Evolution of corporate social responsibility

The historical evolution of the CSR can be classified into different periods (Johnson, 2010). There is the earlier period in the CSR evolution followed by the development of unique trends in the 1970s. The 1970s trends are followed by the shifts that existed during the 1990s (Matten and Moon, 2005). The below figure shows the historical timeline and different stages in the history of CSR as a paradigm in management and business theory:

Figure 1: History of Corporate Social Responsibility, Source: Johnson (2010), “A Critical Examination of Firestone's Operations in Liberia: A Case Study Approach”, AuthorHouse, USA.
Figure 1: History of Corporate Social Responsibility, Source: Johnson (2010), “A Critical Examination of Firestone’s Operations in Liberia: A Case Study Approach”, AuthorHouse, USA.

The Early Classical Period

CSR was looked as a product of the industrialization process at that time. With the development of big companies in 1870s the tasks of these companies increasingly affected other society domains. From 1900 through 1920, extra legislation based on business social responsibilities was passed under the banner of the collection of advocated social reforms in the upcoming era.

The Immediate Post war Period

The debate over the social responsibility of business had achieved impetus succeeding World War II. By this time corporate philanthropy had already become part of normal social fabric and business life. Two principles formed the foundations for contemporary views on CSR. These were the principle of stewardship and charity.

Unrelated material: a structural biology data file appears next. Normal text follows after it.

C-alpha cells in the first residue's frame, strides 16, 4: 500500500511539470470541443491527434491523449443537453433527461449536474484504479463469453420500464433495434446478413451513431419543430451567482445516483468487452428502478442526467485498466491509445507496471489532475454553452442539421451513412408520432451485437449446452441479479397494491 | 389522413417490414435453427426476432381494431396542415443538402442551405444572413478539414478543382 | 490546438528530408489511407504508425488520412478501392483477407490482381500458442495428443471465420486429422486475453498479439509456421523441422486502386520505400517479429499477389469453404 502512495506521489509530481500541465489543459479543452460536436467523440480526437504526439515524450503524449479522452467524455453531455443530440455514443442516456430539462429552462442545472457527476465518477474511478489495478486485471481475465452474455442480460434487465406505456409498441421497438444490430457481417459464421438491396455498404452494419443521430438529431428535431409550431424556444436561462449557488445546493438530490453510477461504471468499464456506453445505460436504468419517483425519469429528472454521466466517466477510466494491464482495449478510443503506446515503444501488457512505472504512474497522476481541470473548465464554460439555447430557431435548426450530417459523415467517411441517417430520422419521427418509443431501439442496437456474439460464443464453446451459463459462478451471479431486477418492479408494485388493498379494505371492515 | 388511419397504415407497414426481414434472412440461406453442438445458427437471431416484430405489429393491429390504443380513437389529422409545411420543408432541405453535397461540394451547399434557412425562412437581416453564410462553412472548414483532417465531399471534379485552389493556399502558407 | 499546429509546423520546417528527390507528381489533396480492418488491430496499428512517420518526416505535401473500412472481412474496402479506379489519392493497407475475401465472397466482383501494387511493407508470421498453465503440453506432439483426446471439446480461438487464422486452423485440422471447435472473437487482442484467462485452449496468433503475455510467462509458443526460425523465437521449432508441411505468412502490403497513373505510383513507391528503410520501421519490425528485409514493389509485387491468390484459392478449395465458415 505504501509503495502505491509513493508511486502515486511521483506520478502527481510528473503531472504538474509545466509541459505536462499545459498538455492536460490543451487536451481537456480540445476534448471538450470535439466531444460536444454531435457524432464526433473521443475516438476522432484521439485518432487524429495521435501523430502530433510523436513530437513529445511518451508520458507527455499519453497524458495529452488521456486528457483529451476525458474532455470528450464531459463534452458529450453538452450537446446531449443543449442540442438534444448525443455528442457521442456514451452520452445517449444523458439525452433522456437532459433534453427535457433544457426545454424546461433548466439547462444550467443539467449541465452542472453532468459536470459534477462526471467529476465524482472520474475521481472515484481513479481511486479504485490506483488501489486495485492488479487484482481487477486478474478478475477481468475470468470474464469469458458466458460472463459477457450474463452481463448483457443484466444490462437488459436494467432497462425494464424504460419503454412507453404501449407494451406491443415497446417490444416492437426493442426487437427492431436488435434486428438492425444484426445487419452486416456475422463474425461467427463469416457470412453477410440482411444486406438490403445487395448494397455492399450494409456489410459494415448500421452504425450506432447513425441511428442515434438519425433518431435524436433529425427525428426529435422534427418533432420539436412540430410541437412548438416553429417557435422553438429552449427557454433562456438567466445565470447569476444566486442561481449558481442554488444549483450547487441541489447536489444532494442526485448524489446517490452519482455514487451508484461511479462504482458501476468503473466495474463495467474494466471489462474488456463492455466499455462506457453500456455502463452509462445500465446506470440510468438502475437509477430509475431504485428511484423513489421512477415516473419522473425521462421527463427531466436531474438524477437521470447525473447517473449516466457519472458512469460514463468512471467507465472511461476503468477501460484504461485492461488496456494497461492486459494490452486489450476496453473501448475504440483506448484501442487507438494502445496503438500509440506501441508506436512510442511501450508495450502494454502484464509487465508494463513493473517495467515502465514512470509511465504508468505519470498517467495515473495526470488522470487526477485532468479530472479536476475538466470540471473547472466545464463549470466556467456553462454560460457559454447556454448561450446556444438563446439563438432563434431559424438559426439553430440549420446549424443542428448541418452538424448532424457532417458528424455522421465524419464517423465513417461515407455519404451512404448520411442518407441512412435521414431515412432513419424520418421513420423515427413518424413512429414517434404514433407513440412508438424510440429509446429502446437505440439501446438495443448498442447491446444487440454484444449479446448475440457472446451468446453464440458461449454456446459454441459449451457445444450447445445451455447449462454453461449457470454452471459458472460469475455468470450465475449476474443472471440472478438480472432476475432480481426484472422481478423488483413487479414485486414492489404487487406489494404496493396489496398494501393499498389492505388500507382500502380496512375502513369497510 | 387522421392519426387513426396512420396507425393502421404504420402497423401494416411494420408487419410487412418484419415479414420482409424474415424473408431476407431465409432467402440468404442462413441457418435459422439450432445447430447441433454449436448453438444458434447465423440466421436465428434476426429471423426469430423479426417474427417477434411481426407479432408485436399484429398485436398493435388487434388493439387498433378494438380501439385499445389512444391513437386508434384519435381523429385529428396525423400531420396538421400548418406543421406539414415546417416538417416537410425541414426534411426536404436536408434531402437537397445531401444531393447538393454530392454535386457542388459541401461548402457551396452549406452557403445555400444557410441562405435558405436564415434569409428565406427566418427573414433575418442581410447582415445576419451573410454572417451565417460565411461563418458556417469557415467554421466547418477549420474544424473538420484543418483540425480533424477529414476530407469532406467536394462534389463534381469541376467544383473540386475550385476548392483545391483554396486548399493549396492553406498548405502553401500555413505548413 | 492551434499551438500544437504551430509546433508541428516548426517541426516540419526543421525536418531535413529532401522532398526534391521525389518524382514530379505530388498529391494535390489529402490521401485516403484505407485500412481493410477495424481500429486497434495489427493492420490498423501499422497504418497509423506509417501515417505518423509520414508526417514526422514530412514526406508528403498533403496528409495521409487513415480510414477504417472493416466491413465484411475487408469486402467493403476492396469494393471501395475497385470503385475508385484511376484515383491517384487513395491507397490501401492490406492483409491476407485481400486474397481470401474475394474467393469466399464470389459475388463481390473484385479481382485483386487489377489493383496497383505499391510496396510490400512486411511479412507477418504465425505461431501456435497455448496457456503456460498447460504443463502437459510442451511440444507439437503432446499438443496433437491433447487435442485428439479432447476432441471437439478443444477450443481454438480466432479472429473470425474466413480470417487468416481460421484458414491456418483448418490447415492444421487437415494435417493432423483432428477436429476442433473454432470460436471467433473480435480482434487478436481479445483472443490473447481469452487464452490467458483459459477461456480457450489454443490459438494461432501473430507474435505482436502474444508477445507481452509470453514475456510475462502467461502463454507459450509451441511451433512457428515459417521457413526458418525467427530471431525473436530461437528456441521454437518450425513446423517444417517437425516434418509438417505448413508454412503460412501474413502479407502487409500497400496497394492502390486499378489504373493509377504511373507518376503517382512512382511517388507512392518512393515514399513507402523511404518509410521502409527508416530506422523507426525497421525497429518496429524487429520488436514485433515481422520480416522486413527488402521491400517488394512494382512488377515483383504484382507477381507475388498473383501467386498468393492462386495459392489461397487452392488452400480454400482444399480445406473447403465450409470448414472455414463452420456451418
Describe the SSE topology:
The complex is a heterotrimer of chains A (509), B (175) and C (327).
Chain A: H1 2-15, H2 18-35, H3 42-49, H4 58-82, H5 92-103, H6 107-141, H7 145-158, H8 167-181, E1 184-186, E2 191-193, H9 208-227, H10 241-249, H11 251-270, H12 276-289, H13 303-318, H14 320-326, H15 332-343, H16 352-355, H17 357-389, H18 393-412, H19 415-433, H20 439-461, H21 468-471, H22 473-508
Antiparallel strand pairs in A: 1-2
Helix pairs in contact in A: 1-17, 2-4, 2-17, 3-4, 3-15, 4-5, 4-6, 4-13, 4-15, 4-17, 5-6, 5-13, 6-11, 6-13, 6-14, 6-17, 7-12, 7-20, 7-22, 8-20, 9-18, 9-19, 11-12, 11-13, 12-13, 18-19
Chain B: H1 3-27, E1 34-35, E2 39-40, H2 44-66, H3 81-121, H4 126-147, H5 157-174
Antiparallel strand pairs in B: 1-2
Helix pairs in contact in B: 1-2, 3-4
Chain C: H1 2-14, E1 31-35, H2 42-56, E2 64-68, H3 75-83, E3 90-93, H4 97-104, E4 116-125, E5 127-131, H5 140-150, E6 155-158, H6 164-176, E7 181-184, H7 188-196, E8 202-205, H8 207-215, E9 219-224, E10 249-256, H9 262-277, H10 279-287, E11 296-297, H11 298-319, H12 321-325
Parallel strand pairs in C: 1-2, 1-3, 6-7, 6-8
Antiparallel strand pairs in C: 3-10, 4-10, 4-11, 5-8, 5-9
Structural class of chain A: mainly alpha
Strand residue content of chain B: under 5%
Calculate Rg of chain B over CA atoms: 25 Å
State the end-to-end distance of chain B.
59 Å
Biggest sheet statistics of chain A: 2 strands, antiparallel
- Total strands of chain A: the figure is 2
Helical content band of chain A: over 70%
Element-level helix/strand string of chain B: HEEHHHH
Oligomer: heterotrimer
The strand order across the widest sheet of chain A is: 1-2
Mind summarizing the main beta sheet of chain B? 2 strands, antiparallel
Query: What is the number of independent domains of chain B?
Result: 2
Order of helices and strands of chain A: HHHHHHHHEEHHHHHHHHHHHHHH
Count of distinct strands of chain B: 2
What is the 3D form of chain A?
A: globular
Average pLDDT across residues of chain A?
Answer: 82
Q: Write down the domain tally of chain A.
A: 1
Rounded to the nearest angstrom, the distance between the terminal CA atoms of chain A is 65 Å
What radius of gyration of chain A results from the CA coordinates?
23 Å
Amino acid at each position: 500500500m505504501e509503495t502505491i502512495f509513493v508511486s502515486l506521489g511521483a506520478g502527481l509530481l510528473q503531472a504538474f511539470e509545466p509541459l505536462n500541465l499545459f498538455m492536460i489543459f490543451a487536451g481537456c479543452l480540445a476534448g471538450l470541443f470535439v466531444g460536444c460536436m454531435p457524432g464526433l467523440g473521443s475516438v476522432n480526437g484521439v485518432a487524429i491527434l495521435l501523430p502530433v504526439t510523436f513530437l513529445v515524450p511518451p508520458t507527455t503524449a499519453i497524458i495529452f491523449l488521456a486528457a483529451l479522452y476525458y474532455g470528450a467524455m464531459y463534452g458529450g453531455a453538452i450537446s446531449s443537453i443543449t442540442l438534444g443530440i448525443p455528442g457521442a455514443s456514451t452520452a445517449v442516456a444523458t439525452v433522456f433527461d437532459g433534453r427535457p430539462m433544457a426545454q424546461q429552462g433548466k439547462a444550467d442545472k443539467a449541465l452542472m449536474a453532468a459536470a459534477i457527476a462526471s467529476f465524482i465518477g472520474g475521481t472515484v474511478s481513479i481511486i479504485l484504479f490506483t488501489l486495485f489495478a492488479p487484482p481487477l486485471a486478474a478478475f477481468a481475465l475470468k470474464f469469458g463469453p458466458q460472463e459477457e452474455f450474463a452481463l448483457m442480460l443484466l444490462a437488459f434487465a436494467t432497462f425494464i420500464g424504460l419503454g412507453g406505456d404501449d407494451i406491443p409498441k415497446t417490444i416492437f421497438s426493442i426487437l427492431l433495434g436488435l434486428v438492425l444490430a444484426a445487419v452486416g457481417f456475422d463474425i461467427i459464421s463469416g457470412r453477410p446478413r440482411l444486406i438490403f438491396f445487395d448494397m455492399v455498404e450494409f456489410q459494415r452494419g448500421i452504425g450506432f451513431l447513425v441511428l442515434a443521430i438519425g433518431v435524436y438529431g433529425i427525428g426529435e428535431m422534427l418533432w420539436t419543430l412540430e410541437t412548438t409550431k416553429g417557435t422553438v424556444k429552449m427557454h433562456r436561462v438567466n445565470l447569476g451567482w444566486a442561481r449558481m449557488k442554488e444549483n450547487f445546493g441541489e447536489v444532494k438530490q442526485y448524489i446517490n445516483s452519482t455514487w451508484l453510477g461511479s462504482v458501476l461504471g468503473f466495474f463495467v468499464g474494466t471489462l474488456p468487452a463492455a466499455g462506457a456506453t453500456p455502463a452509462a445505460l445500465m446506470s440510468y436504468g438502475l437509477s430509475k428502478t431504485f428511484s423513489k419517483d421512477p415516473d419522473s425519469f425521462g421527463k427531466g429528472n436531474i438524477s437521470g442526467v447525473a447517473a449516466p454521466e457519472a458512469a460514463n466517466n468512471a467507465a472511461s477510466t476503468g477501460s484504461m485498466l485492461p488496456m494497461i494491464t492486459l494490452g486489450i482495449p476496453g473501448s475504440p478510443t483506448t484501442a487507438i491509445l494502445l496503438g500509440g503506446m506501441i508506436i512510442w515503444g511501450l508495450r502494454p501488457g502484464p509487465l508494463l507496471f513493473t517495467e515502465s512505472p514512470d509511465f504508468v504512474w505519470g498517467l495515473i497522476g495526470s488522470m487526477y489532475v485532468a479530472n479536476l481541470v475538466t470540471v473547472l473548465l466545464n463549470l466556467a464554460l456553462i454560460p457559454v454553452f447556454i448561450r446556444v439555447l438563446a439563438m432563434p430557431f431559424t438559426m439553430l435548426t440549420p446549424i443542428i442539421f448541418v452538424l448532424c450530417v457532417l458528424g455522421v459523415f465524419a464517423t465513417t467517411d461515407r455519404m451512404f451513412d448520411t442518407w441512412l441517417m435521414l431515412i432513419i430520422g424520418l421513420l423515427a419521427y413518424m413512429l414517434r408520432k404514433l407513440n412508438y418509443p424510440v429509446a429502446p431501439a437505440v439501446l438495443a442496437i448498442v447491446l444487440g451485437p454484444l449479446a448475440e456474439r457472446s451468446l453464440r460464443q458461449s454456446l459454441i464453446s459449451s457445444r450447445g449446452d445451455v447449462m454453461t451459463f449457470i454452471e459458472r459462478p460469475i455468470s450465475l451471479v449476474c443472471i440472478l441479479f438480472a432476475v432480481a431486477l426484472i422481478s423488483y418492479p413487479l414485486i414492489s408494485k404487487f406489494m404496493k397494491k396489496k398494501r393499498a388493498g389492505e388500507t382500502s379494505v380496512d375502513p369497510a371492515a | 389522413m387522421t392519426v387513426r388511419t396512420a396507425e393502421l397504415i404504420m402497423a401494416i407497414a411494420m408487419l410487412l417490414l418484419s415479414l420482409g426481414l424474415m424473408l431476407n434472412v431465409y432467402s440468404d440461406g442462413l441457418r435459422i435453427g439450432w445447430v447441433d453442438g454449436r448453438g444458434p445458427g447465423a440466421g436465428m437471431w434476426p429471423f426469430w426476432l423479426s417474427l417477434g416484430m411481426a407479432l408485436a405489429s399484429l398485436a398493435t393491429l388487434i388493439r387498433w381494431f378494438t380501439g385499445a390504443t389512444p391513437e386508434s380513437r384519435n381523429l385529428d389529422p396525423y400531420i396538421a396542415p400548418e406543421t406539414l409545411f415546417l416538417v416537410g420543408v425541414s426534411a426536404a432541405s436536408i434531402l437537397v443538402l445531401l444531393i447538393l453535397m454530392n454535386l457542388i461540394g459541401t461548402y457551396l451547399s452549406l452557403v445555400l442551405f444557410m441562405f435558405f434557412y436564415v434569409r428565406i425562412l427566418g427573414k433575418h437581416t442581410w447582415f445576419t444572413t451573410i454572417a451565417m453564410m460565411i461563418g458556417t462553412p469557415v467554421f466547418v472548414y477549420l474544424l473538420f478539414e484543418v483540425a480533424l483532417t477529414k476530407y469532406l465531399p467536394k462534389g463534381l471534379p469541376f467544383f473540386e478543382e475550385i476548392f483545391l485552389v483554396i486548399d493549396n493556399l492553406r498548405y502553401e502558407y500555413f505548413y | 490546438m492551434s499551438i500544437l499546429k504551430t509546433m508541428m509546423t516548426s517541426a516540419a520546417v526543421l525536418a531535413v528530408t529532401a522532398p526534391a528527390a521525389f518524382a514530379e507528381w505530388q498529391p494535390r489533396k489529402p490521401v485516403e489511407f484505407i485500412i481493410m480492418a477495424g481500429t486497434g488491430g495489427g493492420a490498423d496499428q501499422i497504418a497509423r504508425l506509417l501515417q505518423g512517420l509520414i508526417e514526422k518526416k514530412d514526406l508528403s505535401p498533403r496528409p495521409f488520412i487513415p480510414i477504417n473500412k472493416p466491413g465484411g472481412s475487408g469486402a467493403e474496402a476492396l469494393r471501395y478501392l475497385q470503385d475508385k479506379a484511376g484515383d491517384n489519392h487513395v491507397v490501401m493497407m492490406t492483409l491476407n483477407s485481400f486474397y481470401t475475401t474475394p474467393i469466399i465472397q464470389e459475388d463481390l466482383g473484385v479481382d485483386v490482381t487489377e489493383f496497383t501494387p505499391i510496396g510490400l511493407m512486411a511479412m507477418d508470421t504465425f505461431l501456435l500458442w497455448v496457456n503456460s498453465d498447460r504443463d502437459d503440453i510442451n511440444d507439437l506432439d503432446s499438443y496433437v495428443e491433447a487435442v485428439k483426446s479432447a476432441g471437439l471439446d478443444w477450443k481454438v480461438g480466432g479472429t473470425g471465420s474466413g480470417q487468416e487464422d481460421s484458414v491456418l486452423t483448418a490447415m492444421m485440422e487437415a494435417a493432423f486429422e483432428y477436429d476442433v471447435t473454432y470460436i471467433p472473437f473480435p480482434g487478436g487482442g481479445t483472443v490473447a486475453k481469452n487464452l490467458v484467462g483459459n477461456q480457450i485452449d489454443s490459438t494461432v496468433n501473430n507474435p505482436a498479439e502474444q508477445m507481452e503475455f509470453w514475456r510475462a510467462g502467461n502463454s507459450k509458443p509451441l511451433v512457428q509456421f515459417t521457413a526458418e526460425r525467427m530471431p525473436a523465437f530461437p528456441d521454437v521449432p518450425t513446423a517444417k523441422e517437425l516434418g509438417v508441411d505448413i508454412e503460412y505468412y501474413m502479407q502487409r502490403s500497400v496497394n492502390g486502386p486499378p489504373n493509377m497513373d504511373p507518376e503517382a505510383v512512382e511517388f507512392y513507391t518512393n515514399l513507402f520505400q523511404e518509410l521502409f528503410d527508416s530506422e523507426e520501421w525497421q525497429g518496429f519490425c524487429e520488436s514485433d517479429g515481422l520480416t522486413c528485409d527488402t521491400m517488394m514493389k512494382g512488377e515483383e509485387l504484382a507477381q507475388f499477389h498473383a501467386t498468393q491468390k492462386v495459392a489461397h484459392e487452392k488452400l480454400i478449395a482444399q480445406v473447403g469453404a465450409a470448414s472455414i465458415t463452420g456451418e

Trends during the 1970s

During 1970s, the texture of the war based on CSR altered to some degree. The focus in the war shifted from corporate responsibility to the corporate responsiveness concept. This new focus on responsiveness altered the emphasis from what organizations could do to survive to what organizations could do to better the world through sustainability.

Shifts during the 1990s

In the 1990s, the concept of CSR emerged as the outcome of new forms of stakeholder engagement and social regulation, increased demands of stakeholder and governmental regulation for reporting and CSR. Critics and Scholars improved their analysis to include arguments based on the sustainability, business ethics, corporate social performance, green marketing, stakeholder theory and citizenship theory


  • Johnson T (2010), “A Critical Examination of Firestone’s Operations in Liberia: A Case Study Approach”, Authorhouse, USA, pp 28-33.
  • Matten, D., & Moon, J. (2005). A Conceptual Framework for Understanding CSR. In A. Habisch, J.Jonker, M.Wegner & R. Schmidtpeter (Eds.), Corporate Social Responsibility. Across Europe, Heielberg: Springer Berlin.

Rajalakshmi Rahul

Rajalakshmi Rahul is the CEO of Kalki Training Academy.She has four years of industrial experience as a telecommunication software developer. She is presently running her own educational consultancy, catering the needs of students belonging to both engineering and management discipline. She is a part of research and analysis team of Project Guru. She is a computer engineer with masters in technology management. She has graduated from Anna University and is a gold medalist.

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